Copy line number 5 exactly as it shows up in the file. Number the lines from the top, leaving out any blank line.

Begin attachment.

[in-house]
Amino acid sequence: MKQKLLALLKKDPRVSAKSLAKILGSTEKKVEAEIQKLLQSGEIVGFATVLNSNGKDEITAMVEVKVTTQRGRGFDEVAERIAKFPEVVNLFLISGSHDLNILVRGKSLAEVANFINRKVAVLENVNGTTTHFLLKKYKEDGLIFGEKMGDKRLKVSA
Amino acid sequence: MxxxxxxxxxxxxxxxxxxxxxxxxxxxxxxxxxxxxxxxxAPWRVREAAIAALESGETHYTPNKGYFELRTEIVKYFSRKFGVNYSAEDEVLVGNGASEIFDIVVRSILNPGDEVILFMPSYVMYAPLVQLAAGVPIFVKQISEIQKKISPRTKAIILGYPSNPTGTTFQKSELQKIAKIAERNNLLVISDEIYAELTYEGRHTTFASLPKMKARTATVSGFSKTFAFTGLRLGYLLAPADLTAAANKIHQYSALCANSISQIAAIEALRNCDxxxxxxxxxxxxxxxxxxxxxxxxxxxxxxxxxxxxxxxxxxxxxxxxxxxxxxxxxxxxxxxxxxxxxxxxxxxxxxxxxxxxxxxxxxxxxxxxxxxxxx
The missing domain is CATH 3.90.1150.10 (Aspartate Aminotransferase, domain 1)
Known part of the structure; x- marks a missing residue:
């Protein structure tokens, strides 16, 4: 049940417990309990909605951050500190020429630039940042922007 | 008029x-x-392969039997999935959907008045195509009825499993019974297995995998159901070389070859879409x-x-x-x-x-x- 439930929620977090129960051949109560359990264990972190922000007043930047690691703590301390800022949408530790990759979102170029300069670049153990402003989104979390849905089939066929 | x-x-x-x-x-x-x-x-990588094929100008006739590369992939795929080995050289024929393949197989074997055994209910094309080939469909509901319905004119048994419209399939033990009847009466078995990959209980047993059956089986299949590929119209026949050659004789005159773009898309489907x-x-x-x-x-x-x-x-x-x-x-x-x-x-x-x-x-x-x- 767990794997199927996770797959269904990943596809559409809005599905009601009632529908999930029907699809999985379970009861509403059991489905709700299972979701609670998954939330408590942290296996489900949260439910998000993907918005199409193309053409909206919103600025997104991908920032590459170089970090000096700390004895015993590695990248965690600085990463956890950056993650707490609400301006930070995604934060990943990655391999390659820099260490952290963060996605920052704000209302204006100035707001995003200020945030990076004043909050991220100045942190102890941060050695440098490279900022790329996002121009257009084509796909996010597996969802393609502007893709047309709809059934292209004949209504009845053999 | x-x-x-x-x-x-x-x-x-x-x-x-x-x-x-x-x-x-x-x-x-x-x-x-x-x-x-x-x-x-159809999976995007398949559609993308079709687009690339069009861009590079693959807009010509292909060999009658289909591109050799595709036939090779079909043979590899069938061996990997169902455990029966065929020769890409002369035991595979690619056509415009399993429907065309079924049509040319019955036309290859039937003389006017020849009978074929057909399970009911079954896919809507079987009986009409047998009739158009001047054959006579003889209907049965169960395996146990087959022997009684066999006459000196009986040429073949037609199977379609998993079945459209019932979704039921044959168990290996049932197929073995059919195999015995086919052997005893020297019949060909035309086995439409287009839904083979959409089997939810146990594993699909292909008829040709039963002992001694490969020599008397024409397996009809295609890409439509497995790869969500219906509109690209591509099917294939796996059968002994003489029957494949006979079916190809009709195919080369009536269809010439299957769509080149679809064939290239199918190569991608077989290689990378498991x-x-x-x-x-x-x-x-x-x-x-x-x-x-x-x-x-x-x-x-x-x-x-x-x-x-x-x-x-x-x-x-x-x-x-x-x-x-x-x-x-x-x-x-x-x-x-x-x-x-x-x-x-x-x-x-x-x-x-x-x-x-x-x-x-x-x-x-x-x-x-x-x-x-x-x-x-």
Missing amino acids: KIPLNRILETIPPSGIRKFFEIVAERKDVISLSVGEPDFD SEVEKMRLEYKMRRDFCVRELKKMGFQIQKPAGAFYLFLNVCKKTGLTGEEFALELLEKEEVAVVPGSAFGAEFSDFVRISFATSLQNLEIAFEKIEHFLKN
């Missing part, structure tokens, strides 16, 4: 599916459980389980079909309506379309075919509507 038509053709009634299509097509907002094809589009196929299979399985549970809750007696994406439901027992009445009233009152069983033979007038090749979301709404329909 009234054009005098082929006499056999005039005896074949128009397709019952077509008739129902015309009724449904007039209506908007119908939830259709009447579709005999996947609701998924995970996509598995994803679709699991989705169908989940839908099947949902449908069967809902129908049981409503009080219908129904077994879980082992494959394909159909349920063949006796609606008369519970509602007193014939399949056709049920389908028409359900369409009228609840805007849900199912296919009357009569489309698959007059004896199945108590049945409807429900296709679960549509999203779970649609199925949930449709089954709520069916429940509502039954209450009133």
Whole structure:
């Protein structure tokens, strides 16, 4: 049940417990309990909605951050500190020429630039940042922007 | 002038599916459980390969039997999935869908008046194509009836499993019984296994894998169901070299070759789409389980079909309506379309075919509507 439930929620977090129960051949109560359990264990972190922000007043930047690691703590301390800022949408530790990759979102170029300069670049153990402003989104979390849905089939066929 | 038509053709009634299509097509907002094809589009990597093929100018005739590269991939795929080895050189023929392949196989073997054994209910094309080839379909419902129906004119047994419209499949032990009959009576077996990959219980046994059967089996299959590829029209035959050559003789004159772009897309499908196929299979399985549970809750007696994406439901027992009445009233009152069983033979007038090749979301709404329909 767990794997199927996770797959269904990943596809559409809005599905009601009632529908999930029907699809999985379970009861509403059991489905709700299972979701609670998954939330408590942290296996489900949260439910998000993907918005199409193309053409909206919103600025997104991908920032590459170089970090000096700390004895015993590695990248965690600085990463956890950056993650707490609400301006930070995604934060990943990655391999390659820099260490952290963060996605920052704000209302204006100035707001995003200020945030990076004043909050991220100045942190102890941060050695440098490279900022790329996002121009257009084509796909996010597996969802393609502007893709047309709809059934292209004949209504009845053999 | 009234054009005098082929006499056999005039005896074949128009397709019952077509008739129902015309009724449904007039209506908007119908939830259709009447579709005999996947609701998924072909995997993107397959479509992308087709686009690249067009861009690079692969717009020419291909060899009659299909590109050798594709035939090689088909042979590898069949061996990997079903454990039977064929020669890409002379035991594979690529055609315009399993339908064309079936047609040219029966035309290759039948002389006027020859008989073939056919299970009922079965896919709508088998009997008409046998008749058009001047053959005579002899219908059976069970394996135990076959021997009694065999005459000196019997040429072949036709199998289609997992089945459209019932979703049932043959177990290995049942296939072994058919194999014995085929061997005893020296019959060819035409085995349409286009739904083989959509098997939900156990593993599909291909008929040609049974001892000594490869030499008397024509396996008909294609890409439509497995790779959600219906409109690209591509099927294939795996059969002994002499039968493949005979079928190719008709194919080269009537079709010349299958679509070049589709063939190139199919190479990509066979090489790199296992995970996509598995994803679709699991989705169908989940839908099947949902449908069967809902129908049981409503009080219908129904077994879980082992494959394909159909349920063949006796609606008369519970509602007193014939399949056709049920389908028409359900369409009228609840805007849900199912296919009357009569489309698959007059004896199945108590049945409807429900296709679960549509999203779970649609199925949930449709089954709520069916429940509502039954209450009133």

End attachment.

Known part of the structure; x- marks a missing residue: